Dear students, faculty, staff and parents,
Entering our second week of classes, I’m writing to share observations and updates as we continue to navigate the ever-changing landscape of COVID-19.
On Friday, Aug. 28, a group of university leaders and I met on campus with Dr. Thomas Dobbs and Dr. Paul Byers from the Mississippi State Department of Health (MSDH). The purpose of the meeting was to discuss MSDH guidance to the state’s universities regarding isolation and quarantine processes, and to share what we have learned in navigating a number of complex and ever-changing scenarios. Dr. Dobbs added that he recognized the challenges facing universities, but was encouraged by the detailed plans and on-campus safety protocols employed by our university.
I’d like to share a big Thank You to all in our university community who expressed support to our colleagues who are working earnestly, diligently and tirelessly to make this environment work. Managing through a pandemic is difficult, and it affects everyone on every level, personally and professionally. Thank you for sharing constructive feedback, which we are using to improve our processes, approaches and overall response.
Below are updates and clarifications to keep you apprised of where we stand. Additional details are provided in the links incorporated below.
Monitoring the impact of the virus on campus
Last week, the Future Planning Task Force launched a dashboard to share data and metrics that we are tracking to assess the impact of COVID-19 on our campus. It is important to note that there is no single data point that will determine whether we need to implement additional measures. Rather, decision-making will require us to consider a number of factors affecting our ability to address the needs of current cases, mitigate risk for our campus constituents and manage the resources we need to respond.
For example, the number of active cases is considered in conjunction with other metrics such as capacity of hospital beds for our local hospital (Baptist Memorial Hospital-North Mississippi), or in tandem with availability of designated isolation or quarantine space on campus. Such considerations will more fully reflect the impact of the virus on our community and our ability to respond.
Thanks to our robust contact tracing efforts through our team of expert volunteers from the School of Applied Sciences, we have discerned that spread of the virus on our campus is not prevalent in classrooms and academic spaces. The experiences that have been shared with us about the classrooms and learning experiences have been positive. People are following the protocols in our academic and research spaces, and those protocols are working there.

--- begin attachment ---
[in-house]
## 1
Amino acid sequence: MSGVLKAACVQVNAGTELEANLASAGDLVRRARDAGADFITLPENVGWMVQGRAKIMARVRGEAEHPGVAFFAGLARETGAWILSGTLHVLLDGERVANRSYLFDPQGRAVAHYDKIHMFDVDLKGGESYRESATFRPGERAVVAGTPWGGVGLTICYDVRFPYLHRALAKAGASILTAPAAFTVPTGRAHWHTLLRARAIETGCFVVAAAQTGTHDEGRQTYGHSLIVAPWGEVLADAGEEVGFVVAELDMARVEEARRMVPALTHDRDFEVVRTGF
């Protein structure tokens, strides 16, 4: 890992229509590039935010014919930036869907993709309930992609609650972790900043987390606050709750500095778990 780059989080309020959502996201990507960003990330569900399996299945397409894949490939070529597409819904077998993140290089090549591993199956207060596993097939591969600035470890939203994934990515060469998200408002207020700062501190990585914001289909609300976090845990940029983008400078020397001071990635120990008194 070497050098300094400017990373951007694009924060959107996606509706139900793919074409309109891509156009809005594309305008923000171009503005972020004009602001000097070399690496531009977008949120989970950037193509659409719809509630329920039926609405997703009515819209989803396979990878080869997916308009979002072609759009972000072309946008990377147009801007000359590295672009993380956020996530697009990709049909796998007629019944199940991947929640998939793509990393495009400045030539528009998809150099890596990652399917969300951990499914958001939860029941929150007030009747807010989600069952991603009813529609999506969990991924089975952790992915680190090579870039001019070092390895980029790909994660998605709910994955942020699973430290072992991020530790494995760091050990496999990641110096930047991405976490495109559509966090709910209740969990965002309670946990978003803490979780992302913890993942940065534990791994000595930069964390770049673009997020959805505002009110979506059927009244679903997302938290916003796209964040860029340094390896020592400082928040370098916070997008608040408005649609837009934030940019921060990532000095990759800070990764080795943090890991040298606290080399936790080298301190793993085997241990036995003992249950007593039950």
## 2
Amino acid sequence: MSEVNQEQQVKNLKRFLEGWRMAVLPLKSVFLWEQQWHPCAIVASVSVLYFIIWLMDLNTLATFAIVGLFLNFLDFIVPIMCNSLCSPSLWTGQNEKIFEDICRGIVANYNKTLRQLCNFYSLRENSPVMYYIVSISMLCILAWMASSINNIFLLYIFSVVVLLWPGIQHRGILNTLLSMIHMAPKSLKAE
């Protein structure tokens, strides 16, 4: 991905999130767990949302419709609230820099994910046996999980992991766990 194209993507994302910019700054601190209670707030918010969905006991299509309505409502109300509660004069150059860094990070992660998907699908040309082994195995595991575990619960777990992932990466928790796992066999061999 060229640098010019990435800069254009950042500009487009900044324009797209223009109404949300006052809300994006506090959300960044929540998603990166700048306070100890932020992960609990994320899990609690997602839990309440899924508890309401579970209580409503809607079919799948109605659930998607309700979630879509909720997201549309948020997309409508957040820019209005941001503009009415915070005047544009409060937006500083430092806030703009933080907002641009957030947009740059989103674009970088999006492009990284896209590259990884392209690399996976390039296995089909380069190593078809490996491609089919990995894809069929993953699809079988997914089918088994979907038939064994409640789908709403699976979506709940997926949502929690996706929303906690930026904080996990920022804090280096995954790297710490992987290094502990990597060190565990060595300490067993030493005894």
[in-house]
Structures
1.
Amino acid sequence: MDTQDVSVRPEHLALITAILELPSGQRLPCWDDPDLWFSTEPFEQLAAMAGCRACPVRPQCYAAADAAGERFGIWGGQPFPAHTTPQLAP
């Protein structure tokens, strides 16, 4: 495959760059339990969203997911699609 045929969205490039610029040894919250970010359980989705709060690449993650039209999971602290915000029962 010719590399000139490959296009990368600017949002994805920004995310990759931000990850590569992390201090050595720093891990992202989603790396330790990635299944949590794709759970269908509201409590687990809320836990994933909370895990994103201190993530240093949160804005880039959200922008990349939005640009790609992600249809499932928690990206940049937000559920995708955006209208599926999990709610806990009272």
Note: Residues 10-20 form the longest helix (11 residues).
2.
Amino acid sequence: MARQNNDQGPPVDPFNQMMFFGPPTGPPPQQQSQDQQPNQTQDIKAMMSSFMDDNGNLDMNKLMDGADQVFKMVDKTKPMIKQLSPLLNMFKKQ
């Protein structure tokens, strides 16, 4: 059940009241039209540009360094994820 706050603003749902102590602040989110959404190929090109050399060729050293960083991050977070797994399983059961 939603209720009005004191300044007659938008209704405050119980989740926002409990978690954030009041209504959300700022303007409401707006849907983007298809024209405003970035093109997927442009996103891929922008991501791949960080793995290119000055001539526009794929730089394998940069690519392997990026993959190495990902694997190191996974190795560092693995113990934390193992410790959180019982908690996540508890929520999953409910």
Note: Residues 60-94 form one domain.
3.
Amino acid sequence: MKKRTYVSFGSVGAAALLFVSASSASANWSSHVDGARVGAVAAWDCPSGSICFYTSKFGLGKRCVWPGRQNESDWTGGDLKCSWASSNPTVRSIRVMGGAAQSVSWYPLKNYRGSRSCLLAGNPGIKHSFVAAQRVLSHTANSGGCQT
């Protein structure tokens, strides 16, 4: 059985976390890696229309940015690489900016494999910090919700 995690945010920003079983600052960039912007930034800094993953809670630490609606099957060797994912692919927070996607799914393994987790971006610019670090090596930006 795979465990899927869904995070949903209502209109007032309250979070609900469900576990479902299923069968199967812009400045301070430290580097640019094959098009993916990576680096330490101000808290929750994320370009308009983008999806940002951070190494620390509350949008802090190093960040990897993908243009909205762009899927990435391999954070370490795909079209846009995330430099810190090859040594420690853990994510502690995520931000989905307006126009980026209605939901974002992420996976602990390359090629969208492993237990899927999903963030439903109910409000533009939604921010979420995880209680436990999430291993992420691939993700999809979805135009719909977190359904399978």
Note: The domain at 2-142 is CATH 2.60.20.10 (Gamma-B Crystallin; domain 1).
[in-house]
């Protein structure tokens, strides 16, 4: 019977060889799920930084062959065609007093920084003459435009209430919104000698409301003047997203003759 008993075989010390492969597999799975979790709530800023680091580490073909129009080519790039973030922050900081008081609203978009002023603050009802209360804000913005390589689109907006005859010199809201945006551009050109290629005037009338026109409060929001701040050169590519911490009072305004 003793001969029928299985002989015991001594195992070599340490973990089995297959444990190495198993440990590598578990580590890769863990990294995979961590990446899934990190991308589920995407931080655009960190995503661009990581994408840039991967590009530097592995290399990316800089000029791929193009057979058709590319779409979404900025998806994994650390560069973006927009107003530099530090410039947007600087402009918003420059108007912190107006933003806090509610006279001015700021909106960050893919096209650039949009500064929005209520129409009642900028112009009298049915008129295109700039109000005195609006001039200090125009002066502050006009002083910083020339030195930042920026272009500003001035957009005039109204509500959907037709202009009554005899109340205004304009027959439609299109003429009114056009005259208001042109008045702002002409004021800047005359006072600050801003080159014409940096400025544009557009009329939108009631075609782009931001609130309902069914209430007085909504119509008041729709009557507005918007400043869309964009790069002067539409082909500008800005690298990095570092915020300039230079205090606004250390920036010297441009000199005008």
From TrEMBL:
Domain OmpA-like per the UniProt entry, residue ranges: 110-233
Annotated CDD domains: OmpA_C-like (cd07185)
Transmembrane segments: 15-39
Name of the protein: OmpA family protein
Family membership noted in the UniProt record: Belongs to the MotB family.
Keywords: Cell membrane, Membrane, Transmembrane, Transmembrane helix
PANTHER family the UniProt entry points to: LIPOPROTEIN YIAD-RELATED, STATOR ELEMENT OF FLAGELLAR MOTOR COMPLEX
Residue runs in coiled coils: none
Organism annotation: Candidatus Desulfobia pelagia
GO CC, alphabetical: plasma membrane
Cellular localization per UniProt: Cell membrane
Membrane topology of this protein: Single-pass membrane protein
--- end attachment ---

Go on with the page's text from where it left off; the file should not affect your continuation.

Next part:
We have linked a number of cases and outbreaks to a failure to follow the protocols in other settings, primarily off-campus social gatherings. We once again ask all members of our community to embrace the shared responsibility of adhering to the protocols – on and off campus. It is imperative that all of us take precautions to protect our entire community, especially vulnerable individuals among our students, faculty, staff and neighbors in Oxford.
Isolation and quarantine processes for on-campus residents
There has been some confusion related to isolation and quarantine, so I want to clarify our approach in this area.
The university is required to manage these processes in accordance with MSDH guidance, which continues to evolve as MSDH’s understanding deepens on how the virus may spread in various areas and populations. On Aug. 21, we learned that an outbreak in a university setting was defined by MSDH as three or more positive cases among a defined group, such as residents of a floor in a residence hall or members of a team.
Subsequently, MSDH updated its written guidance on Aug. 27 regarding isolation and quarantine on college and university campuses. In the on-campus meeting last Friday (Aug. 28), MSDH verbally communicated its plan to clarify further its guidance to colleges and universities on how to quarantine individuals affected by outbreaks. As a result of these discussions, we updated the information about these processes for Student Housing residents on our university’s COVID-19 website. Please visit this information page for additional details and FAQs.
This is just one example of how our processes continue to evolve as new information becomes available, and it requires time to understand such changes before we can communicate them to you. We remain committed to keeping our campus community informed as we navigate this period together.
As a university, we are working diligently to provide the best living and learning environment possible within the limits posed by these challenging times. While we may have to do things differently in the short term, we must remain focused on our long-term goal of reducing the impact of the virus in our community while keeping our students on track toward earning their degrees. We are grateful for everyone who is doing their part to help us get there.
Stay healthy, stay well.
Glenn F. Boyce
Dear faculty and staff,
We are writing to share an update with you on the university budget.
The impact of the COVID-19 pandemic has forced us to rethink almost every aspect of our campus operations, including finances. The financial impact of the pandemic has already been significant for us as we provided millions in refunds from the spring semester, invested in new ways to deliver courses remotely, incurred added costs to implement new protocols for the Fall 2020 semester and more. While many of our pandemic-related expenses may be eligible for reimbursement through CARES Act funding, many are not eligible for reimbursement.Read More